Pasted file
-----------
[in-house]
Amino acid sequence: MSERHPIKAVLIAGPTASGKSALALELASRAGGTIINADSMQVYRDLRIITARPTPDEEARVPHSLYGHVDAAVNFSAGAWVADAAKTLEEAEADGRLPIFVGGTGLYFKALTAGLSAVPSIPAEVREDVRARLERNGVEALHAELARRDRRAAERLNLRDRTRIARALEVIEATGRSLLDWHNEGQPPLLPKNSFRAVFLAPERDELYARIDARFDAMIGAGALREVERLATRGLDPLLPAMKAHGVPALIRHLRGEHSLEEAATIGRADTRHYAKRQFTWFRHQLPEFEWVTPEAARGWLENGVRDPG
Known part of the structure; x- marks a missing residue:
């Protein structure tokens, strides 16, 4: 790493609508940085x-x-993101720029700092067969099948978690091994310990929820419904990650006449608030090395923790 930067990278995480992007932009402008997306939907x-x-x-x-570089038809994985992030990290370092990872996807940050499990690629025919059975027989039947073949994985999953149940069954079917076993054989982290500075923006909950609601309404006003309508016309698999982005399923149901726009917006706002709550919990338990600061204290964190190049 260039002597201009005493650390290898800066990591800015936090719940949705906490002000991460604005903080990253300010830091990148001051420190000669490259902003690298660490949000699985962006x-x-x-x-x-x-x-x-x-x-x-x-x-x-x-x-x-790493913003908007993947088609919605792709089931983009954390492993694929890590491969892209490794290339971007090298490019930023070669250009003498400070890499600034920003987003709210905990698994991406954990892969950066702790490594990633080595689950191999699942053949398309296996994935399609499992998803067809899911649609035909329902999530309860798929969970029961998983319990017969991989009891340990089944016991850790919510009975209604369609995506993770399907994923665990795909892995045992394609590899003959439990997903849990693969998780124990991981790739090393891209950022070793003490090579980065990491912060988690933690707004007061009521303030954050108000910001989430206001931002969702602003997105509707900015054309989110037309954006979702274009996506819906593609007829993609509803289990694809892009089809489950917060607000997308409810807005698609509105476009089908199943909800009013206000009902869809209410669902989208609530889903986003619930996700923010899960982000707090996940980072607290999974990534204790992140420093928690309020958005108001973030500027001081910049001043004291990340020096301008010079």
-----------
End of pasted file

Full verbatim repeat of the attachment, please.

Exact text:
[in-house]
Amino acid sequence: MSERHPIKAVLIAGPTASGKSALALELASRAGGTIINADSMQVYRDLRIITARPTPDEEARVPHSLYGHVDAAVNFSAGAWVADAAKTLEEAEADGRLPIFVGGTGLYFKALTAGLSAVPSIPAEVREDVRARLERNGVEALHAELARRDRRAAERLNLRDRTRIARALEVIEATGRSLLDWHNEGQPPLLPKNSFRAVFLAPERDELYARIDARFDAMIGAGALREVERLATRGLDPLLPAMKAHGVPALIRHLRGEHSLEEAATIGRADTRHYAKRQFTWFRHQLPEFEWVTPEAARGWLENGVRDPG
Known part of the structure; x- marks a missing residue:
């Protein structure tokens, strides 16, 4: 790493609508940085x-x-993101720029700092067969099948978690091994310990929820419904990650006449608030090395923790 930067990278995480992007932009402008997306939907x-x-x-x-570089038809994985992030990290370092990872996807940050499990690629025919059975027989039947073949994985999953149940069954079917076993054989982290500075923006909950609601309404006003309508016309698999982005399923149901726009917006706002709550919990338990600061204290964190190049 260039002597201009005493650390290898800066990591800015936090719940949705906490002000991460604005903080990253300010830091990148001051420190000669490259902003690298660490949000699985962006x-x-x-x-x-x-x-x-x-x-x-x-x-x-x-x-x-790493913003908007993947088609919605792709089931983009954390492993694929890590491969892209490794290339971007090298490019930023070669250009003498400070890499600034920003987003709210905990698994991406954990892969950066702790490594990633080595689950191999699942053949398309296996994935399609499992998803067809899911649609035909329902999530309860798929969970029961998983319990017969991989009891340990089944016991850790919510009975209604369609995506993770399907994923665990795909892995045992394609590899003959439990997903849990693969998780124990991981790739090393891209950022070793003490090579980065990491912060988690933690707004007061009521303030954050108000910001989430206001931002969702602003997105509707900015054309989110037309954006979702274009996506819906593609007829993609509803289990694809892009089809489950917060607000997308409810807005698609509105476009089908199943909800009013206000009902869809209410669902989208609530889903986003619930996700923010899960982000707090996940980072607290999974990534204790992140420093928690309020958005108001973030500027001081910049001043004291990340020096301008010079």